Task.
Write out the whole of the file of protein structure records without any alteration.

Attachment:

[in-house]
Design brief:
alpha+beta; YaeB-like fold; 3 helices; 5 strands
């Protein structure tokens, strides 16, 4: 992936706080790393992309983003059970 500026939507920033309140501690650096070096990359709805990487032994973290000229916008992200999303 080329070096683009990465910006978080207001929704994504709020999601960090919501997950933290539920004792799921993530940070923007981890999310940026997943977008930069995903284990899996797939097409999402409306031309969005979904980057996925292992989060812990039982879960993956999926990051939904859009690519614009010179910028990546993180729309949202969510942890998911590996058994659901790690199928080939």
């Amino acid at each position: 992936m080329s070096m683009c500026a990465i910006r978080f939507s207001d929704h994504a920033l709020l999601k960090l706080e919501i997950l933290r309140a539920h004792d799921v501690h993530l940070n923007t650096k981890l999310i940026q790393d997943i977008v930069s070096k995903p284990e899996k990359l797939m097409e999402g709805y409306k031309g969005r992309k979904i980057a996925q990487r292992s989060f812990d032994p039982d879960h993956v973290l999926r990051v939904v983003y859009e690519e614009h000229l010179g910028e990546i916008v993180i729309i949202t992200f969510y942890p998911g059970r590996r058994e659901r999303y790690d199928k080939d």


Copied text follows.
[in-house]
Design brief:
alpha+beta; YaeB-like fold; 3 helices; 5 strands
């Protein structure tokens, strides 16, 4: 992936706080790393992309983003059970 500026939507920033309140501690650096070096990359709805990487032994973290000229916008992200999303 080329070096683009990465910006978080207001929704994504709020999601960090919501997950933290539920004792799921993530940070923007981890999310940026997943977008930069995903284990899996797939097409999402409306031309969005979904980057996925292992989060812990039982879960993956999926990051939904859009690519614009010179910028990546993180729309949202969510942890998911590996058994659901790690199928080939």
């Amino acid at each position: 992936m080329s070096m683009c500026a990465i910006r978080f939507s207001d929704h994504a920033l709020l999601k960090l706080e919501i997950l933290r309140a539920h004792d799921v501690h993530l940070n923007t650096k981890l999310i940026q790393d997943i977008v930069s070096k995903p284990e899996k990359l797939m097409e999402g709805y409306k031309g969005r992309k979904i980057a996925q990487r292992s989060f812990d032994p039982d879960h993956v973290l999926r990051v939904v983003y859009e690519e614009h000229l010179g910028e990546i916008v993180i729309i949202t992200f969510y942890p998911g059970r590996r058994e659901r999303y790690d199928k080939d």